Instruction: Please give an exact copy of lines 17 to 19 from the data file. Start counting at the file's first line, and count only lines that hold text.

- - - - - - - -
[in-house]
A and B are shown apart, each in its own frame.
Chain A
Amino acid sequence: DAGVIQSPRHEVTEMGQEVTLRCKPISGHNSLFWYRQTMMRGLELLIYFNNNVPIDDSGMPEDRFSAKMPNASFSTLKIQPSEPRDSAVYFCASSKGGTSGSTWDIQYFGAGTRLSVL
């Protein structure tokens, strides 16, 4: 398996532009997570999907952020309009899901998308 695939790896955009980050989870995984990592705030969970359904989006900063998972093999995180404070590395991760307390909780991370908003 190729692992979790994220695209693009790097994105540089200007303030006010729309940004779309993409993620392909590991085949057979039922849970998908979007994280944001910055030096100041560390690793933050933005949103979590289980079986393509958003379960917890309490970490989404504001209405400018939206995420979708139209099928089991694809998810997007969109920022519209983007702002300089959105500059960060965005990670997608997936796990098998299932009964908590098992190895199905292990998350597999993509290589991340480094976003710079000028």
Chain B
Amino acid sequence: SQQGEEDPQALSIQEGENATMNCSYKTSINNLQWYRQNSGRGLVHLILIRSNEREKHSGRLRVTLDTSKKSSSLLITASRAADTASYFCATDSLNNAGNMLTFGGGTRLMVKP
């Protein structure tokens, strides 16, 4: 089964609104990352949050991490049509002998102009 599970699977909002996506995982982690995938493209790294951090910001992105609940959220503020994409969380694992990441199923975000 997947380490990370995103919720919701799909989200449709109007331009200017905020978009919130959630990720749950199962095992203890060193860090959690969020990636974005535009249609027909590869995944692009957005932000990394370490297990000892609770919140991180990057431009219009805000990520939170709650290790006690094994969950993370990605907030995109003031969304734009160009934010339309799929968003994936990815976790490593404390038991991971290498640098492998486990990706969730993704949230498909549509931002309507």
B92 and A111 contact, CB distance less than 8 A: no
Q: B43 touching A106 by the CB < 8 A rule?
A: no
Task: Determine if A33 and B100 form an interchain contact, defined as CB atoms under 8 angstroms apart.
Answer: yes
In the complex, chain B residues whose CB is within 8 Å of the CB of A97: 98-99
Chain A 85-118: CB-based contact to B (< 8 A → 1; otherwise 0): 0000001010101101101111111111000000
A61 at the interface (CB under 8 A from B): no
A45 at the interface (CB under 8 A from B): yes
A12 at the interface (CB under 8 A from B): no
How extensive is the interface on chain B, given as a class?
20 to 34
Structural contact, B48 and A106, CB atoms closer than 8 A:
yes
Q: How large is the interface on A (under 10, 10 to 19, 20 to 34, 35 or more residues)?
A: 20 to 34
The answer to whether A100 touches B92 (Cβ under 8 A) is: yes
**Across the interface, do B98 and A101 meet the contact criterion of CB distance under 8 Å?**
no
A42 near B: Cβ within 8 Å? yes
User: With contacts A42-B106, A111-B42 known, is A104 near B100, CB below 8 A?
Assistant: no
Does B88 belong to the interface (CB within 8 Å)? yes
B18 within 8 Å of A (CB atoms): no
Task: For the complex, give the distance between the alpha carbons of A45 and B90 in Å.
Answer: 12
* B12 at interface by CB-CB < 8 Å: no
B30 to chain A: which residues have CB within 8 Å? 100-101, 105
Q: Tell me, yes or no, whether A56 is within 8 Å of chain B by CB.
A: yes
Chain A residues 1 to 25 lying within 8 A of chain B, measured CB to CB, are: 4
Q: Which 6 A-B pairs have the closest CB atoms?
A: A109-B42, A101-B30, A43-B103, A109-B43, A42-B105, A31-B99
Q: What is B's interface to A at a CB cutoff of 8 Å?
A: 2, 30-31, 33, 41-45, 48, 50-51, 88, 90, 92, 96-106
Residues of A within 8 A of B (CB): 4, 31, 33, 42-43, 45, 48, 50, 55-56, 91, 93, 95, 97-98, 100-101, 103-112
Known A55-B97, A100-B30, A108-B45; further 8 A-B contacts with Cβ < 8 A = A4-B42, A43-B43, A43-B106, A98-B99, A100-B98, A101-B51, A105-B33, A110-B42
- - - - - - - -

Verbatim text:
A45 at the interface (CB under 8 A from B): yes
A12 at the interface (CB under 8 A from B): no
How extensive is the interface on chain B, given as a class?